March 16, 1937|
Haifa, Mandatory Palestine
|Died||June 2, 1996
|Alma mater||University of Michigan
|Known for||Prospect theory
Heuristics and biases
|Barbara Tversky (m. 1963)|
Grawemeyer Award in Psychology (2003)
|Fields||Cognitive psychology, Behavioral economics|
Amos Nathan Tversky (; Hebrew: ? ?; March 16, 1937 - June 2, 1996) was a cognitive and mathematical psychologist, a student of cognitive science, a collaborator of Daniel Kahneman, and a figure in the discovery of systematic human cognitive bias and handling of risk.
Much of his early work concerned the foundations of measurement. He was co-author of a three-volume treatise, Foundations of Measurement (recently reprinted). His early work with Kahneman focused on the psychology of prediction and probability judgment; later they worked together to develop prospect theory, which aims to explain irrational human economic choices and is considered one of the seminal works of behavioral economics. Six years after Tversky's death, Kahneman received the 2002 Nobel Prize in Economics for the work he did in collaboration with Amos Tversky. (The prize is not awarded posthumously.) Kahneman told The New York Times in an interview soon after receiving the honor: "I feel it is a joint prize. We were twinned for more than a decade." Tversky also collaborated with many leading researchers including Thomas Gilovich, Itamar Simonson, Paul Slovic and Richard Thaler. A Review of General Psychology survey, published in 2002, ranked Tversky as the 93rd most cited psychologist of the 20th century, tied with Edwin Boring, John Dewey, and Wilhelm Wundt.
Tversky was born in Haifa, British Palestine (now Israel), as son of the Polish-born veterinarian Yosef Tversky and Jenia Tversky (née Ginzburg), a social worker who later became member of parliament for the Mapai (worker's party). Tversky had one sister, Ruth, thirteen years his senior. In high school, Tversky took classes from literary critic Baruch Kurzweil, and befriended classmate Dahlia Ravikovich, who would become an award-winning poet. During this time, he was also a member and leader in Nahal, a youth movement meant to combine farming and military service.
Tversky served with distinction in the Israel Defense Forces as a paratrooper, rising to the rank of captain and being decorated for bravery. He parachuted in combat zones during the Suez Crisis in 1956, commanded an infantry unit during the Six-Day War in 1967, and served in a psychology field unit during the Yom Kippur War in 1973.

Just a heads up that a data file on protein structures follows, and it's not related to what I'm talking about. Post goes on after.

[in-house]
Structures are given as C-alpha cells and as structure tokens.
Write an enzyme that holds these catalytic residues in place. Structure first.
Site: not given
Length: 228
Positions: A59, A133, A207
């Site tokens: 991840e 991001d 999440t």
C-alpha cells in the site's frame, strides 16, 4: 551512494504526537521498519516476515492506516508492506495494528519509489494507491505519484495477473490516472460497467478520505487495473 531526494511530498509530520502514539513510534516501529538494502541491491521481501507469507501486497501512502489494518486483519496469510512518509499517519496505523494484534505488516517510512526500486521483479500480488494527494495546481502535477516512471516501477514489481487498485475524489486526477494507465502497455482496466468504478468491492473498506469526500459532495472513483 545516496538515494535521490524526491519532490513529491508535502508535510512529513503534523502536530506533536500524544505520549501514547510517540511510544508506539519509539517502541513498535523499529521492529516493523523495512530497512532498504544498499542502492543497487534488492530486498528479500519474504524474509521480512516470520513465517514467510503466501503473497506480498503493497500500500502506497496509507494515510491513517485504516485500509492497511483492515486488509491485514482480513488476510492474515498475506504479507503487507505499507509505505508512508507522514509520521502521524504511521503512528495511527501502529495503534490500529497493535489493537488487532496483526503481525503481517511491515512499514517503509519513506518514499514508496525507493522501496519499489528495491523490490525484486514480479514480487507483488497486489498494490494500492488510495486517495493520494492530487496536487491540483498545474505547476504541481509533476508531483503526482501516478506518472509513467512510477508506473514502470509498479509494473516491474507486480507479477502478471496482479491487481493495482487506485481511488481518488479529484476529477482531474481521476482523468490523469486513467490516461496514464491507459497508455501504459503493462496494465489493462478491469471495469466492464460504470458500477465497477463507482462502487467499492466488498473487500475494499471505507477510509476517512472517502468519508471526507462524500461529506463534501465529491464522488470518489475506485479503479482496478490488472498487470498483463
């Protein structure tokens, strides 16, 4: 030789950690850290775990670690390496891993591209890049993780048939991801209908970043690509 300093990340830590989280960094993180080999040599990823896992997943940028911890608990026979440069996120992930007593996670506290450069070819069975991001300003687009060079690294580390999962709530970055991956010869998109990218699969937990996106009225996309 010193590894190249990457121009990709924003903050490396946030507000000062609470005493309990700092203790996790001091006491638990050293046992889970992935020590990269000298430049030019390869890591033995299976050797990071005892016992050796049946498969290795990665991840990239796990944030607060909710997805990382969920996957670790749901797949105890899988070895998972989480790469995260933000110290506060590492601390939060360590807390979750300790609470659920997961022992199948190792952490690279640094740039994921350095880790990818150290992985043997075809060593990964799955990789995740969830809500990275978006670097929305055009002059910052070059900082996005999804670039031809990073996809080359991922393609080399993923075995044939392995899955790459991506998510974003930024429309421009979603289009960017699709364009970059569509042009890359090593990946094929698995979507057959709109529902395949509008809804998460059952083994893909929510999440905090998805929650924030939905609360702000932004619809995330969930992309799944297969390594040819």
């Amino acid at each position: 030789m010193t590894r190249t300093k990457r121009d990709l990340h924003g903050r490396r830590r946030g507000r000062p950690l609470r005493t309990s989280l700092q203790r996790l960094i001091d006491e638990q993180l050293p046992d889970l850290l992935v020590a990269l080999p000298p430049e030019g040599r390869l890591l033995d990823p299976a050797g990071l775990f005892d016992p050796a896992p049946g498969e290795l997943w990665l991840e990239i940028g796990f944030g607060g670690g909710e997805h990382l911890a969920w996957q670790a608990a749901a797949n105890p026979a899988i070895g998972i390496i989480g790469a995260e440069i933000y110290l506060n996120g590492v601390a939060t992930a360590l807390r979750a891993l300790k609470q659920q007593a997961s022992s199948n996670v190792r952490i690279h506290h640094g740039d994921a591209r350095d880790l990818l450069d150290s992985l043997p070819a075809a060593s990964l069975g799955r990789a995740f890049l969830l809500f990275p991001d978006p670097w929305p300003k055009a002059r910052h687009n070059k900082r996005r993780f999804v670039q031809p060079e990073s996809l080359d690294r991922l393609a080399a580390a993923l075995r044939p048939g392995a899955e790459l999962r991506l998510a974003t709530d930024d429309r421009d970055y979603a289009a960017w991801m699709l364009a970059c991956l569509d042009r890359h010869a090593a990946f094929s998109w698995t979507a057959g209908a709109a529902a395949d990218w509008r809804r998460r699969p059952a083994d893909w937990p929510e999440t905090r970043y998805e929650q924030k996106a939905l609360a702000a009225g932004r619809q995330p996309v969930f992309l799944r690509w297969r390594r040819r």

Tversky received his bachelor's degree Hebrew University of Jerusalem in Israel in 1961, and his doctorate from the University of Michigan in Ann Arbor in 1965. He later taught at Hebrew University before joining the faculty of Stanford University in 1978, where he spent the rest of his career. In 1980 he became a fellow of the American Academy of Arts and Sciences. In 1984 he was a recipient of the MacArthur Fellowship, and in 1985 he was elected to the National Academy of Sciences. Tversky, co-recipient with Daniel Kahneman, earned the 2003 University of Louisville Grawemeyer Award for Psychology. He died of a metastatic melanoma in 1996. He was a Jewish atheist.
Amos Tversky's most influential work was done with his longtime collaborator, Daniel Kahneman, in a partnership that began in the late 1960s. Their work explored the biases and failures in rationality continually exhibited in human decision-making. Starting with their first paper together, "Belief in the Law of Small Numbers", Kahneman and Tversky laid out eleven "cognitive illusions" that affect human judgment, frequently using small-scale empirical experiments that demonstrate how subjects make irrational decisions under uncertain conditions. This work was highly influential in the field of economics, which had largely presumed rationality of all actors.
Tversky and Fox (1995) addressed ambiguity aversion, the idea that people do not like ambiguous gambles or choices with ambiguity, with the comparative ignorance framework. Their idea was that people are only ambiguity averse when their attention is specifically brought to the ambiguity by comparing an ambiguous option to an unambiguous option. For instance, people are willing to bet more on choosing a correct colored ball from an urn containing equal proportions of black and red balls than an urn with unknown proportions of balls when evaluating both of these urns at the same time. However, when evaluating them separately, people are willing to bet approximately the same amount on either urn. Thus, when it is possible to compare the ambiguous gamble to an unambiguous gamble people are averse -- but not when one is ignorant of this comparison.
As recounted by Malcolm Gladwell in 2013's David and Goliath: Underdogs, Misfits, and the Art of Battling Giants, Tversky's peers thought so highly of him that they devised a tongue-in-cheek one-part test for measuring intelligence. As related to Gladwell by psychologist Adam Alter, the Tversky intelligence test was "The faster you realized Tversky was smarter than you, the smarter you were."
Michael Lewis's book The Undoing Project: A Friendship That Changed Our Minds, released on December 16, 2016, is about Amos Tversky and Daniel Kahneman, and is the "story of their lives and work together".